Austin has less vaccine hesitancy than other Texas metros, but it might still be higher than you think
Over half of Travis County may be partially vaccinated, but a significant number are still showing hesitancy, according to new estimates from the Centers for Disease Control and Prevention.
Fifteen percent of Travis County residents are hesitant, meaning in a survey they said they would probably not get a vaccine. Additionally, 7% answered they would definitely not get a vaccine, or are strongly hesitant.
In April Austonia reported that Austinites may opt out of a vaccine for a number of reasons, including political ideology, fear about possible long-term side effects and distrust of for-profit pharmaceutical companies.
Still, the number is slightly lower than in other Texas metros. An estimated 17% of the population in both Harris and Dallas counties are vaccine hesitant, while 16% are in Bexar and El Paso counties. The highest percentage of those vaccine hesitant was reported at 21% in mostly southeast Texas counties, but also in Bell County, just north of Williamson County.
Austin and the state of Texas are estimated to have higher rates of vaccine hesitancy than California. In Los Angeles, around 11% are thought to be hesitant, and only 4% reported strongly hesitant.
Meanwhile, in Florida, vaccine hesitancy is much higher. Over a quarter of the populations in certain Florida counties are estimated to be vaccine hesitant. In fellow tech hub Miami-Dade County, 19% of the population is estimated to be hesitant.
Nationwide, hesitancy appears lowest on the West and Northeast coasts, while the Upper Midwest and pockets of the South are estimated to have the highest hesitancy rates.
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Austin police have charged Kaitlin Marie Armstrong, a local cyclist, for the murder of Moriah "Mo" Wilson.
Wilson, a rising star in the gravel and mountain bike community, was found dead with gunshot wounds inside an East Austin home on the night of May 11 when she was in town for the weekend Gravel Locos race in Hico, Texas.
Police believe Wilson was having a relationship with a man Armstrong was also in a relationship with. The man, another gravel cyclist, Colin Strickland, has since issued a statement on the murder.
In his statement, he said he had a brief romantic relationship with Wilson in October 2021 before he resumed his relationship with Armstrong, but that he remained friends with Wilson. "There is no way to adequately express the regret and torture I feel about my proximity to this horrible crime. I am sorry, and I simply cannot make sense of this unfathomable tragedy.
NEW: Austin professional cyclist Colin Strickland has just released a statement about the murder of cyclist Moriah Wilson, clarifying his relationship with her and expressing “torture about my proximity to this horrible crime.” pic.twitter.com/KnIna3mWrE
— Tony Plohetski (@tplohetski) May 20, 2022
Wilson, a 25-year-old Vermont native living in Colorado, had won a slew of races becoming a fan favorite. She had just become a full-time racer this year.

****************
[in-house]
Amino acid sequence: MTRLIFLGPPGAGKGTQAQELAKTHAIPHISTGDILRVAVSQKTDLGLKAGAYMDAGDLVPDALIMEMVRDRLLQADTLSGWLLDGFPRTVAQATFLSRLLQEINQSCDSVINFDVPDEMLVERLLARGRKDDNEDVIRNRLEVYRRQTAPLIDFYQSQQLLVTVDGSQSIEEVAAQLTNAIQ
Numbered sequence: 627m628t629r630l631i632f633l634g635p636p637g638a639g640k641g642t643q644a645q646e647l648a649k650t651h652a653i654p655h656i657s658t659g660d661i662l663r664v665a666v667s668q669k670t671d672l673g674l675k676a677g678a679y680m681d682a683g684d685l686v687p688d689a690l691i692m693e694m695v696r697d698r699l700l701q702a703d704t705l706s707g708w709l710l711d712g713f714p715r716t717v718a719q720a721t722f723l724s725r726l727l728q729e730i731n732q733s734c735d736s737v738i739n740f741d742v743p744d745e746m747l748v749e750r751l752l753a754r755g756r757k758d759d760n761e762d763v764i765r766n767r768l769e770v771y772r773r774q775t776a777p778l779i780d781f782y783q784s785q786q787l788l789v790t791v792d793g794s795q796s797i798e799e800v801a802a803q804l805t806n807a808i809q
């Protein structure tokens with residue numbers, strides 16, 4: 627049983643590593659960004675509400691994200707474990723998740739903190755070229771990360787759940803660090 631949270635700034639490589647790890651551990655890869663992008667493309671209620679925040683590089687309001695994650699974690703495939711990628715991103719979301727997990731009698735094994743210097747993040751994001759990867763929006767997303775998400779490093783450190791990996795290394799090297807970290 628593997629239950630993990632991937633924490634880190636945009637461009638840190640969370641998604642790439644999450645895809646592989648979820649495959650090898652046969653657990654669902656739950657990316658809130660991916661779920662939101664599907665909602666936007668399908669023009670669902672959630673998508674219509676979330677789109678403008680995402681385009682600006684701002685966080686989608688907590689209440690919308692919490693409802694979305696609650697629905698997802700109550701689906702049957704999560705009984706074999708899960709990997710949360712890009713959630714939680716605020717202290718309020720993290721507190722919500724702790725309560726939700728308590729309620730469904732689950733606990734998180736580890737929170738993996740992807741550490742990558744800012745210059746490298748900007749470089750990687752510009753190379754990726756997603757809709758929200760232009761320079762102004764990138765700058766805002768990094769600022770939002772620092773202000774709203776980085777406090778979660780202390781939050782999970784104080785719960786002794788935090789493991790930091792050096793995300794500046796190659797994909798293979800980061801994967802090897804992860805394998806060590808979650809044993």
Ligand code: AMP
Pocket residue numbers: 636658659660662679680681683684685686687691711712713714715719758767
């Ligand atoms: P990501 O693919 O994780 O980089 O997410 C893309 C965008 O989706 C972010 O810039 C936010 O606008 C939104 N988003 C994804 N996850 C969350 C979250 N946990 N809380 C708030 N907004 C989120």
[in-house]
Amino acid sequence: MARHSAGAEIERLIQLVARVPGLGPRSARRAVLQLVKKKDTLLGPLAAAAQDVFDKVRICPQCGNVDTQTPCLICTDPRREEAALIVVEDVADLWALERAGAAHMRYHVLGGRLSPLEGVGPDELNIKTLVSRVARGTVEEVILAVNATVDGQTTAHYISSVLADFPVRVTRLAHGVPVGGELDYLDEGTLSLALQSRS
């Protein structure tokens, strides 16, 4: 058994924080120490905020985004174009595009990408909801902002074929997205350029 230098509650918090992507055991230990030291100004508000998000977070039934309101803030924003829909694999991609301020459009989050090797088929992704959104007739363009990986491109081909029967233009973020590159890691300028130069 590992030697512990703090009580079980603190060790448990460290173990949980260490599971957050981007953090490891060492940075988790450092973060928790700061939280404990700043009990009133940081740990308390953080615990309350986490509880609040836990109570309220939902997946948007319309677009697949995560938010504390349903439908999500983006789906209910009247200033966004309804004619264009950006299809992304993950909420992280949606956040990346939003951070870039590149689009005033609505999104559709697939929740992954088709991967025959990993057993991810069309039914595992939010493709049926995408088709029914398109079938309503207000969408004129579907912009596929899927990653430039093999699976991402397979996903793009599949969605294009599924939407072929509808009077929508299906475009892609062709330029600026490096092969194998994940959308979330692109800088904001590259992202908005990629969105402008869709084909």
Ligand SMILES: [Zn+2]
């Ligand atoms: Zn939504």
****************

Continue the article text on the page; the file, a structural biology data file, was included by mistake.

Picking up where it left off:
Anyone with information on this crime can contact Austin police at 512-974-TIPS or contact Crime Stoppers anonymously at 512-472-8477.
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Austin has added 24-hour security to the city-owned Pecan Gardens property, which will be converted into supportive housing for people exiting homelessness, after the former hotel was found with months of damage and vandalism May 5.
The building, which was broken into and stripped of copper and had people illegally sleeping inside of it, has been secured, Kelly said in a Friday press conference. Kelly said the city confirmed a measure to implement 24-hour security, including updates every 60 days until the property opens up as supportive housing.
"We cannot let this happen to any vacant city-owned property ever again," Kelly said. "This blatant act of disregard and criminal behavior will not be tolerated in our community."
The city bought the former hotel in August 2021 for $9.5 million with plans to renovate the property into a 78-unit supportive housing property. Those 55 or older that are experiencing chronic homelessness can qualify to live at the site once it is completed in late 2022-early 2023.
While the council was set to discuss a $4 million deal with Family Eldercare to begin converting the property Thursday, Kelly pulled the item for a later executive session due to security concerns. But the council did approve an item to authorize city leaders to begin negotiating other renovation contracts.
"I want to thank my colleagues for pumping the brakes on this contract and realizing that we owe the community not only an apology, but reassurance that the protection of the assets the city owns is vital to the success of achieving our intended goals," Kelly said.
When the building was found vandalized May 5, Kelly, who presides over the district containing the property, said damage included:
- Damage spanning all three floors of the building and is in nearly every room.
- The entire hotel was stripped of copper.
- Destroyed washers, dryers, air conditioners and electrical wiring.
- People sleeping at the hotel without permission.
On Tuesday, Austin’s Homeless Strategy Officer Dianna Gray apologized and said there was no security due to a delay in processing the request.
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